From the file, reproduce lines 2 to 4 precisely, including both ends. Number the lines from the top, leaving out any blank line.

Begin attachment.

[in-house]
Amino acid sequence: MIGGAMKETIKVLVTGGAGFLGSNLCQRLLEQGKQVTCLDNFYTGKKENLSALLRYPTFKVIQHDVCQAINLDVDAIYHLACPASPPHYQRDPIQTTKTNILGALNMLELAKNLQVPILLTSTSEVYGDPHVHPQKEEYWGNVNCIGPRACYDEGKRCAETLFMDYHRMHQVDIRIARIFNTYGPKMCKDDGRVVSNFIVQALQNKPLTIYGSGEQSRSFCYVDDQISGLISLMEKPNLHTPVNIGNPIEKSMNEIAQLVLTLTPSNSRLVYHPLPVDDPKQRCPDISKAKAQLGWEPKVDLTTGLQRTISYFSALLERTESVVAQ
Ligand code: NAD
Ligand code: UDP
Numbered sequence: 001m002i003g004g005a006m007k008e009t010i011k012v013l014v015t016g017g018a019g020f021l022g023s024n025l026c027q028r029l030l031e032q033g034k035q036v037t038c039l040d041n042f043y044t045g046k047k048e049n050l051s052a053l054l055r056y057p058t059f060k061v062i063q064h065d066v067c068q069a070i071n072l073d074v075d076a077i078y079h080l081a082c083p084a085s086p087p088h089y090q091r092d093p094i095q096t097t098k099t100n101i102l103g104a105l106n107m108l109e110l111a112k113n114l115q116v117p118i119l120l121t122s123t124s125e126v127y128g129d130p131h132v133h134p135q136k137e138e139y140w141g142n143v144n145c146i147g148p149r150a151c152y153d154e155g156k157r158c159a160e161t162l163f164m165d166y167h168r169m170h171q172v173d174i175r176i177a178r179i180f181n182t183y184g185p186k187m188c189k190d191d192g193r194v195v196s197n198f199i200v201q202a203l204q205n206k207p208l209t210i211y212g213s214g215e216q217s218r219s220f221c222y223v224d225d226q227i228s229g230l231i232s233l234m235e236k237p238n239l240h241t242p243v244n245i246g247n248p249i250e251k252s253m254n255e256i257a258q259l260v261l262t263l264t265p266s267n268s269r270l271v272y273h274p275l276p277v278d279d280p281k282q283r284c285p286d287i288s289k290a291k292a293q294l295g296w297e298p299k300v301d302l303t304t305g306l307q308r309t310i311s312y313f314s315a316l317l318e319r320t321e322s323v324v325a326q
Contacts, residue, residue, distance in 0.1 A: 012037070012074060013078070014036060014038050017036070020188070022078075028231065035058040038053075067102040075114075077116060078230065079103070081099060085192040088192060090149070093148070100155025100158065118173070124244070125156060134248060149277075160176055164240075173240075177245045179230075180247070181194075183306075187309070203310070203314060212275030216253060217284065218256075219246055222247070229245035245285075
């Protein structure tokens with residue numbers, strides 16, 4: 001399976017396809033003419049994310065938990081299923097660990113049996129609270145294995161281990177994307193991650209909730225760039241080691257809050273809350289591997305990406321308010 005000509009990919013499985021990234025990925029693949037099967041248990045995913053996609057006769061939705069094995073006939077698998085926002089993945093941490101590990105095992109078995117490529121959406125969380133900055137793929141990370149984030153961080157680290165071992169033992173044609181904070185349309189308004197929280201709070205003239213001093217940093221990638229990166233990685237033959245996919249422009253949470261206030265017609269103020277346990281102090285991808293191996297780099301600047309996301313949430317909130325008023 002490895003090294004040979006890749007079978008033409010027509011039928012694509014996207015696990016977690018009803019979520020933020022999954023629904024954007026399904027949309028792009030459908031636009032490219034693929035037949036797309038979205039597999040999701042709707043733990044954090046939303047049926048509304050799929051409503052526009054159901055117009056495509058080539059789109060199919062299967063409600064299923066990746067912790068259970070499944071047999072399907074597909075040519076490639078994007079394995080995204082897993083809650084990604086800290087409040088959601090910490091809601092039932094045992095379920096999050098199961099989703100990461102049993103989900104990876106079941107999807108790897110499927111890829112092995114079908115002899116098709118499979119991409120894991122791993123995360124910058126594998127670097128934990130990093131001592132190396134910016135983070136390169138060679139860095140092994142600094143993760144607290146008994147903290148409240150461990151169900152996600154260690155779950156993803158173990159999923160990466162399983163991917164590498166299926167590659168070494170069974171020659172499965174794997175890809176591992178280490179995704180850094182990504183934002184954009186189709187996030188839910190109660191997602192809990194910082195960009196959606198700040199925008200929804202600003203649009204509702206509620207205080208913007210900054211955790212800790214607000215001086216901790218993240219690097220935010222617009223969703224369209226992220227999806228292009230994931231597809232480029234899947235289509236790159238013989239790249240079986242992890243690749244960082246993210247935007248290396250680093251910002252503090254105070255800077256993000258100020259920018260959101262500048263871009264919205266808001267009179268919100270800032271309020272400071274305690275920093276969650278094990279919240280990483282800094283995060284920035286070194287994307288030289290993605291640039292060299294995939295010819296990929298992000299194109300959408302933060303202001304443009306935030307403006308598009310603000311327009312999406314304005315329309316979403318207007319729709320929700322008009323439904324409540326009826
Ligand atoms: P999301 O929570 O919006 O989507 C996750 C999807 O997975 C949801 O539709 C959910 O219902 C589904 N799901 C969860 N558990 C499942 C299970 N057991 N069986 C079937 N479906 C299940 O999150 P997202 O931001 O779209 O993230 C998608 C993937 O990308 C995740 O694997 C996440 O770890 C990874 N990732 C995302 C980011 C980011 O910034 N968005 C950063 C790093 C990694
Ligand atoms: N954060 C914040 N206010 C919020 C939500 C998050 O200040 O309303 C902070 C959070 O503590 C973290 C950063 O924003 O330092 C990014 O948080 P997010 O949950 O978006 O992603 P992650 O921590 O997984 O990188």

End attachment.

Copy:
Amino acid sequence: MIGGAMKETIKVLVTGGAGFLGSNLCQRLLEQGKQVTCLDNFYTGKKENLSALLRYPTFKVIQHDVCQAINLDVDAIYHLACPASPPHYQRDPIQTTKTNILGALNMLELAKNLQVPILLTSTSEVYGDPHVHPQKEEYWGNVNCIGPRACYDEGKRCAETLFMDYHRMHQVDIRIARIFNTYGPKMCKDDGRVVSNFIVQALQNKPLTIYGSGEQSRSFCYVDDQISGLISLMEKPNLHTPVNIGNPIEKSMNEIAQLVLTLTPSNSRLVYHPLPVDDPKQRCPDISKAKAQLGWEPKVDLTTGLQRTISYFSALLERTESVVAQ
Ligand code: NAD
Ligand code: UDP